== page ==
2) We had a birthday get together for Trevor last night. It is so much fun having my family around, laughing and talking about their lives and plans, hopes and dreams.
3) My baby turned 26 and is taller than I ever imagined he would be.
4) I went golfing with Gilles this afternoon. We had fun, even though I was as weak as a rubber chicken. He won, of course!
5) I beat Gilles at Canasta.
6) Gilles talked to some very generous friends who are sponsoring me on the Walk of Hope. We have raised over $1500 to help increase awareness and help in the fight to conquer ovarian cancer! I am head over heels ecstatic. How blessed are we to have such support!
7) It didn't rain.
8) My high speed connection is not giving me any trouble this weekend.
9) Heidi sent me a bag of writing 'goodies'
10) My Dad found his lost Royal Marines crucifix. :)

Thursday, August 14, 2008

Flying the Coop

Yesterday I went to London all by myself. I have been cooped up in my cage since my surgery so I was ready to stretch my wings. Gilles was a little unsure as to whether I should go or not but he knew I was sporting my stubborn streak and I had to at least try it. I did say I would turn around if I thought it too far. But I did fine. I made it to London and had a good visit with my sister - Sue, and my Dad. I hadn't been to my mother's gravesite for a long time, either, so I was well ready to say 'hello' to Mom.

I sure do miss my mother. We'd been through a lot together over the years and there is just something about a mother's hug that helps a daughter (no matter how old) make it through a stinky day. I've had a lot of stinky days lately and I sure could have done with a few maternal hugs.

On my way back from London, I rendezvoued with Gilles in Stratford and we had supper at Swiss Chalet. I think he planned it that way just so I wouldn't be driving for so long! After supper we popped over to Rosie and Mike's. We haven't seen them for a long time so they were pretty shocked when I came to the door with a bald head. At first I don't think they even recognized me. They probably thought they were being invaded by aliens. Gilles, with his shaved head and me with my hairless noggin'. At least they didn't produce any stun guns! It was so nice to see Rosie and Mike again. we had a lot to catch up on. One thing about Rosie and Mike, is that they never change. We have been friends for years but sometimes we lose touch. It's great, though - we can always pick up as if we haven't been apart. Of course there is a ton of news to catch up with. For instance, I discovered that Rosie's three brothers each had prostate cancer. One of the brothers is still undergoing chemotherapy and it doesn't sound like he is doing so well.

The big 'C' is always lurking around somewhere waiting to consume and devour. We need to relish the moments, hold our children and grandchildren closer and longer, kiss our husbands (or wives) more often, keep in touch with our extended families even though it's hard sometimes, and cherish our friendships, for we never know what lies around the corner.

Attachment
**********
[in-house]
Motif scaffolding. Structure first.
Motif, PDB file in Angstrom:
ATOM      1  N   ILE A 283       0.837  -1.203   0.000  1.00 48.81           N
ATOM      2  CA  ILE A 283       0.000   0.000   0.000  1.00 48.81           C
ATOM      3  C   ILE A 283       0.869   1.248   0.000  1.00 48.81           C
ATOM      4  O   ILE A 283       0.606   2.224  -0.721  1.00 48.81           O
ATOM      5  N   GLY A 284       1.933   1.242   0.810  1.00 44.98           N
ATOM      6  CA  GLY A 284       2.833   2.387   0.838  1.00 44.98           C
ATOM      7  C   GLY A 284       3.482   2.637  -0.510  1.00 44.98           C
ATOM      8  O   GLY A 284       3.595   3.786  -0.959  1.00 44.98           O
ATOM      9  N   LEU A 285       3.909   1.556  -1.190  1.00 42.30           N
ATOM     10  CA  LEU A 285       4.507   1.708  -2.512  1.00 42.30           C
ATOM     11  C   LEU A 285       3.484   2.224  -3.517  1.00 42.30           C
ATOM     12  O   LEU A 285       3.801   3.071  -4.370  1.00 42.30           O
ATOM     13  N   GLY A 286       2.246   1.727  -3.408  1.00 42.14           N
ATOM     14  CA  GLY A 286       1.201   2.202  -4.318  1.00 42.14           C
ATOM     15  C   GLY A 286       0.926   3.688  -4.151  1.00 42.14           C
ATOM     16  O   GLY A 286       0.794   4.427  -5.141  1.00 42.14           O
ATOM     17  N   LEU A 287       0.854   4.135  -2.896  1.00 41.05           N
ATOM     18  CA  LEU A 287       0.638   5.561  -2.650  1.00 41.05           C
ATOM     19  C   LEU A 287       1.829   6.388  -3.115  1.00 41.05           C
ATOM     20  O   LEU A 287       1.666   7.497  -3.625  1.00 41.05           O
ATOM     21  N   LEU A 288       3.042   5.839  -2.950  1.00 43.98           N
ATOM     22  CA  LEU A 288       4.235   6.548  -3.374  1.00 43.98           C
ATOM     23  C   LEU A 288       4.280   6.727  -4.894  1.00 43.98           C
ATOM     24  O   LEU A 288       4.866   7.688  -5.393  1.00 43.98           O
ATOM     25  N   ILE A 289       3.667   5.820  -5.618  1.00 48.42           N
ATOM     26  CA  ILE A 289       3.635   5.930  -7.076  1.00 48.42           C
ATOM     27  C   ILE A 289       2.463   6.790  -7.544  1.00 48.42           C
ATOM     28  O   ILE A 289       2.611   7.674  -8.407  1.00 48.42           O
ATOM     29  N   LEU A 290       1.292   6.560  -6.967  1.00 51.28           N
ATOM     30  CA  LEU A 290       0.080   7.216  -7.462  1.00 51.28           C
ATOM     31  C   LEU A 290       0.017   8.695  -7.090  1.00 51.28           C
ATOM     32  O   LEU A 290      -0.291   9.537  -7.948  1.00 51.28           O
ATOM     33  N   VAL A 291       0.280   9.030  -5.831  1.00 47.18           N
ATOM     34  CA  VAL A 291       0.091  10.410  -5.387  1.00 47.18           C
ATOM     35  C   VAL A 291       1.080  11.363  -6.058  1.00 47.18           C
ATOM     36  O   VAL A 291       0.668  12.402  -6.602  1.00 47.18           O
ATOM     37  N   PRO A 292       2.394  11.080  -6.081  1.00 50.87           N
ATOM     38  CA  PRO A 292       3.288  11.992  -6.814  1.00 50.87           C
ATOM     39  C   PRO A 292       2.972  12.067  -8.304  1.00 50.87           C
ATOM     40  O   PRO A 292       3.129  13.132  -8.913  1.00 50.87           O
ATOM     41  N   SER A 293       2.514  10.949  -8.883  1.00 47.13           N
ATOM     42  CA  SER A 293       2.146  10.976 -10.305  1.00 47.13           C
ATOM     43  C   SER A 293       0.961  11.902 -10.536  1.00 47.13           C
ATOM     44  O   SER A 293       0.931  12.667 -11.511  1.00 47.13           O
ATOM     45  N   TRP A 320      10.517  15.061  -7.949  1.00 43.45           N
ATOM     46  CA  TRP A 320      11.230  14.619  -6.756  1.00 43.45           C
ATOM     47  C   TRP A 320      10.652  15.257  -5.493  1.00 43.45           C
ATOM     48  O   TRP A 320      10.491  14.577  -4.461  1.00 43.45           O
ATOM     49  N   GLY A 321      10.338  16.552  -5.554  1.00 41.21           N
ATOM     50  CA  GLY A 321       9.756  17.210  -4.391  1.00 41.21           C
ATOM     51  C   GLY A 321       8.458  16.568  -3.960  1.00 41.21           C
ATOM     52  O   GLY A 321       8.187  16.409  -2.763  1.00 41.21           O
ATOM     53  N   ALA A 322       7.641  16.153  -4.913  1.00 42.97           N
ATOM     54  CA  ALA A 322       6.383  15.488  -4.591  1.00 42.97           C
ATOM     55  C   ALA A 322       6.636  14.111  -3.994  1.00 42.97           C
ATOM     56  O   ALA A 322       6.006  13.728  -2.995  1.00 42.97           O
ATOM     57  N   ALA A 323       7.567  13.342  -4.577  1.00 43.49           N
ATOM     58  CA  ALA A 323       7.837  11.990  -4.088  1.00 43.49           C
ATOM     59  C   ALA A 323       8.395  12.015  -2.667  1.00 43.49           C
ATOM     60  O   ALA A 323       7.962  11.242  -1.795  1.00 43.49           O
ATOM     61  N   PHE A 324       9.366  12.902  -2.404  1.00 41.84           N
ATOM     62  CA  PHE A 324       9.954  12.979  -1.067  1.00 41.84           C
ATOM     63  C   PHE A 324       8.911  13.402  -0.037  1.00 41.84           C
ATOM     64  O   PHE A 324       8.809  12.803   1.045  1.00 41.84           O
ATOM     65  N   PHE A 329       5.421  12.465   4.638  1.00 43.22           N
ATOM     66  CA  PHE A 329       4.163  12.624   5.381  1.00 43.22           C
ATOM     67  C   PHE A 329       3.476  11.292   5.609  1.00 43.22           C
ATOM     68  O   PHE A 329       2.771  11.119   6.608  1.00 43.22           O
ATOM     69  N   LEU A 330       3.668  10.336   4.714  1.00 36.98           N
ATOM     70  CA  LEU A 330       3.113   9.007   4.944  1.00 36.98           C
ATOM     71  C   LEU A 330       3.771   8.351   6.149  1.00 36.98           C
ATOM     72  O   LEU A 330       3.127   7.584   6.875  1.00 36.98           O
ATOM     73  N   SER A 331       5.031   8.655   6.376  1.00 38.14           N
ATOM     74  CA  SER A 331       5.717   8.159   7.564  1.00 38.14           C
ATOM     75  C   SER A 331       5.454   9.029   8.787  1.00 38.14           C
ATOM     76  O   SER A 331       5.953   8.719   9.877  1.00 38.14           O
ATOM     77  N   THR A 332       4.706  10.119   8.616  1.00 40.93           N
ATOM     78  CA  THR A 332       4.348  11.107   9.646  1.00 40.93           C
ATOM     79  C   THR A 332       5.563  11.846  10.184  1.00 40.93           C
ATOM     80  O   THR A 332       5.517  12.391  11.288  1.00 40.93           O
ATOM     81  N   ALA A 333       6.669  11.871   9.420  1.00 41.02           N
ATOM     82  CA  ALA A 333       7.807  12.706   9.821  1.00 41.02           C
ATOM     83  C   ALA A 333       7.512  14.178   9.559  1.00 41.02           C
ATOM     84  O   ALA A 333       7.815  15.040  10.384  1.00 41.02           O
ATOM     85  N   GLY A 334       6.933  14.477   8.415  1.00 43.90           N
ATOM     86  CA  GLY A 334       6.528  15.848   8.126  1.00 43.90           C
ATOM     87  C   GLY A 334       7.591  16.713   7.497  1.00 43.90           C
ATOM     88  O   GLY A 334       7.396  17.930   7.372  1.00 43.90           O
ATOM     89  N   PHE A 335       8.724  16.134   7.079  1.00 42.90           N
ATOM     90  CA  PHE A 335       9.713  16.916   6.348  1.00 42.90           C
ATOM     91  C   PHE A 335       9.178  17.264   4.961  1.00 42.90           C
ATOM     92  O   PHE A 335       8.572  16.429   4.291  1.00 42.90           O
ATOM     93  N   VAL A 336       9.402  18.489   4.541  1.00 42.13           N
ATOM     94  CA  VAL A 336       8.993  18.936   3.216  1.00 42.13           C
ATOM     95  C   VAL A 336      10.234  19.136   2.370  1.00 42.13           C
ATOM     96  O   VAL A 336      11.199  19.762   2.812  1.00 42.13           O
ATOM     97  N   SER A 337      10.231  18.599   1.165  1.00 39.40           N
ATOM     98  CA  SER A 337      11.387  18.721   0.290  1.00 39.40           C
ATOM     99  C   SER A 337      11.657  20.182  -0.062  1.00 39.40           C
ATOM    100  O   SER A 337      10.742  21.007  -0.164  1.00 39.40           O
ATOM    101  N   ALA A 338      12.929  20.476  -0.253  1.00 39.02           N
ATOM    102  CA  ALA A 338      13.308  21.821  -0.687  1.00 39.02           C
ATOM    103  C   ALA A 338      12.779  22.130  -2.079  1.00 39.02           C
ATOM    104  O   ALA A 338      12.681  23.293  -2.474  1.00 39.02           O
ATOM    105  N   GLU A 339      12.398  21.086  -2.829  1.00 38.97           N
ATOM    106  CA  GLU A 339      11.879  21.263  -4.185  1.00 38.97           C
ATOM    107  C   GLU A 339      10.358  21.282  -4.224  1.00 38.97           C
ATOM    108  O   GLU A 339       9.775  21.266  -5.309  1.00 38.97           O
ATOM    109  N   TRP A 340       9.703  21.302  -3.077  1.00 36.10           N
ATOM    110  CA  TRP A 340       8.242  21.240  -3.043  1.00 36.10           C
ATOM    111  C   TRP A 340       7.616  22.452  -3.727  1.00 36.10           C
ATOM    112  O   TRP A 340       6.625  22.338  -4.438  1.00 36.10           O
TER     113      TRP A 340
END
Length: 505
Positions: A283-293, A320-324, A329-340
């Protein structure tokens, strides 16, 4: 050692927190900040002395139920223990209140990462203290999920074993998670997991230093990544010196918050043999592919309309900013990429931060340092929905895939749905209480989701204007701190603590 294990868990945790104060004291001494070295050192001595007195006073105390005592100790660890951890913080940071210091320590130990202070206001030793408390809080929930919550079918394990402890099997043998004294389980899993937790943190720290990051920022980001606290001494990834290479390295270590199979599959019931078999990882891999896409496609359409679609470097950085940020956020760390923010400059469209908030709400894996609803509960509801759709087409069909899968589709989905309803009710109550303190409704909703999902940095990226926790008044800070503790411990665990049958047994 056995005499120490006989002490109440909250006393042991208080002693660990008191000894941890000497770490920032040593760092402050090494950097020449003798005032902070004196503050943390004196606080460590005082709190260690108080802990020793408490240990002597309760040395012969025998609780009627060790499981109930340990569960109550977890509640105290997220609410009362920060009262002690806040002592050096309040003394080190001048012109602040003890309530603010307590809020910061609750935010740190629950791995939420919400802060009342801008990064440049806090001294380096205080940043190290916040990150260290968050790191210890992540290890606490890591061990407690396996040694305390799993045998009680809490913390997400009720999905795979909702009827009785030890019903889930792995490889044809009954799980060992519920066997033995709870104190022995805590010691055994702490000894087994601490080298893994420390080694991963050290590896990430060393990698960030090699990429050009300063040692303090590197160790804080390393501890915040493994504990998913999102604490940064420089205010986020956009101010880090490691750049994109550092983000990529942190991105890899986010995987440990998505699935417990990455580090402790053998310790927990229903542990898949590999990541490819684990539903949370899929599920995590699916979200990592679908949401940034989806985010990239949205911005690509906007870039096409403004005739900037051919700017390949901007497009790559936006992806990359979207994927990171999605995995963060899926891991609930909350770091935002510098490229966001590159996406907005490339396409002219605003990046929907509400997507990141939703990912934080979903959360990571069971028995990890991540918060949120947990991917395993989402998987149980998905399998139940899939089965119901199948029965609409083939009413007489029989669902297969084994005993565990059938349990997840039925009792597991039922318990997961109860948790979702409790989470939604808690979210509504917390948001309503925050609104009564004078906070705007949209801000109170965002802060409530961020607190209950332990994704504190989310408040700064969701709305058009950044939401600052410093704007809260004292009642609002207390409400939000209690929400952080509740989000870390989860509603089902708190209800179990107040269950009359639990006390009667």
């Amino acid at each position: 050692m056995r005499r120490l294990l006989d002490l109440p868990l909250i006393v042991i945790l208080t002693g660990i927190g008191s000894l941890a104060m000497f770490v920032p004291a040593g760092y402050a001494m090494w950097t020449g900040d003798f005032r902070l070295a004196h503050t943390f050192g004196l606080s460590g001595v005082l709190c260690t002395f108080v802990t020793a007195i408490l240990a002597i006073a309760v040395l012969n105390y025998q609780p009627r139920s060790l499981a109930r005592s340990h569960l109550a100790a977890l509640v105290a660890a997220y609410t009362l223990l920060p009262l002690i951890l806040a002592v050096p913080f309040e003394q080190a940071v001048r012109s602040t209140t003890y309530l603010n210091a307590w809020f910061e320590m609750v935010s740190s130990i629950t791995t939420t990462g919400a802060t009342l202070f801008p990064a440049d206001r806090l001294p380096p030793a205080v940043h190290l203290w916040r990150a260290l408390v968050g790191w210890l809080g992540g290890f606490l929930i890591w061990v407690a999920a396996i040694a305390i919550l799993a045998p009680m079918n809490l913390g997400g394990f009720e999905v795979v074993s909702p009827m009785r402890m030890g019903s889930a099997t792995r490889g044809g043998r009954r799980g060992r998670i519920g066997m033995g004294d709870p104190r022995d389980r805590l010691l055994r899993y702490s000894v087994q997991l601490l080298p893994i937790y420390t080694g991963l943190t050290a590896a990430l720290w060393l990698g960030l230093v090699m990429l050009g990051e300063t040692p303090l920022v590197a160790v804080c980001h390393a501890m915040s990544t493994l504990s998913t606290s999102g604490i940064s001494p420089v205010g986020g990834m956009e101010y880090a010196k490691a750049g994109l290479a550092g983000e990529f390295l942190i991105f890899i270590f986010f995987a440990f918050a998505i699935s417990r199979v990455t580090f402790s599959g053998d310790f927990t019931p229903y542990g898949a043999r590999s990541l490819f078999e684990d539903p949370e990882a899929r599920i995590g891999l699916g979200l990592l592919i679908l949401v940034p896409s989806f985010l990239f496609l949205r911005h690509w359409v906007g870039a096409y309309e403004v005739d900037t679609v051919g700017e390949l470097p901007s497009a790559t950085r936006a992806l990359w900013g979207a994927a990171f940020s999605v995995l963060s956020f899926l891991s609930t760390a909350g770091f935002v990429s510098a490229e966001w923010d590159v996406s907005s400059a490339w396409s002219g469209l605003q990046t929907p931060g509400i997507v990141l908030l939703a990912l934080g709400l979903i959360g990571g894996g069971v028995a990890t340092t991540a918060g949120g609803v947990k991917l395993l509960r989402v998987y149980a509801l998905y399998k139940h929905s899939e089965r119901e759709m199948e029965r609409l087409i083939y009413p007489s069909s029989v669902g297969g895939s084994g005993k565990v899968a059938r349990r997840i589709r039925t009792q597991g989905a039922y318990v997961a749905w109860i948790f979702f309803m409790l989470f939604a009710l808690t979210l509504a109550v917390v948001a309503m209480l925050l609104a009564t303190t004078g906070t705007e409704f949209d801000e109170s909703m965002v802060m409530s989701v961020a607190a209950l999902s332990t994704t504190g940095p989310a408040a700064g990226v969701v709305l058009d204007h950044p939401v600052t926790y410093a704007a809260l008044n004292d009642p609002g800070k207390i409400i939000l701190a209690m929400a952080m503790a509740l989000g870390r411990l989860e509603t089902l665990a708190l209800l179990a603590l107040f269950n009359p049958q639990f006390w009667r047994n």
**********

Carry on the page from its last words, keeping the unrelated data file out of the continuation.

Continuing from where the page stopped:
The more I talk to people, the more I realize that there is barely a soul out there who isn't touched one way or another with cancer. I often wonder why that is. Why does God allow such a disease to infiltrate, to change lives and to sometimes take lives?

I wondered what I might say if someone asked me what I have learned through all of this. I think that just might be my list for tonight:

What have I learned since I was diagnosed with cancer?
1) God doesn't just pop in for a visit. He is with me always.
2) Cancer cannot eat away at my faith as it does at my body.
3) Friends love at all times
4) Being still and listening for God's voice is more than an exercise - it is an experience.
5) Cancer might invade my body but it cannot invade my soul.
6) Women who have lost their hair because of chemotherapy all look the same.
7) Age doesn't matter when it comes to friendship
8) Forgiveness is tantamount to peace
9) Laughter really is good medicine.
10) "In sickness and in health" has real significance in the marriage vows

Tuesday, August 12, 2008

Count Your Blessings, Name Them One by One

(Photo: Head Gardening Angel - Irene)

I talked to Brenda (nurse) at the clinic today about my ultrasound report. It seems the news about my recent ultrasound is inconclusive, although I was told it may be just a small cyst on my wrist (now there's a sweet little rhyming couplet...) So I guess I will have to wait and see what the oncologist says next week. I'm not too worried about it - besides worrying is a sin and I'm trying to cut down on those if I can!

I was absolutely pampered today. First of all, Kate my nice nurse came and she tried to 'make it all better.' She is really nice but we really have to stop getting into such interesting conversations. :) She ended up staying for almost 2 hours. And my blood pressure was behaving and everything. She did say she was going to order me some horrible (my word) stretchy support stockings for when my legs swell. Sigh...I never thought I would see the day. Oh well, I keep telling myself, this is all temporary.

Then, at noon, Yvonne brought lunch and we chatted for ages. We have absolutely no trouble finding something to say to one another. She is such a good friend and knows how to make me smile. Oh, and did I mention she also brought muffins and cookies and a casserole for supper. I don't deserve all this pampering.

This is the first week that I have not had my garden angels on duty. They were ready to fly in at Irene's (head gardening angel's) command and whisk any weed or garden culprit away. But I wanted to have a go myself this week. So I told Irene I would be okay. I am wondering though, about what God thought of my refusing this week's offer. Twice I attempted to head outside and play in the soil. Twice it started to rain. Eventually I gave up and came inside to write instead. Hmmmm. We'll see what happens tomorrow. I might need to make a call!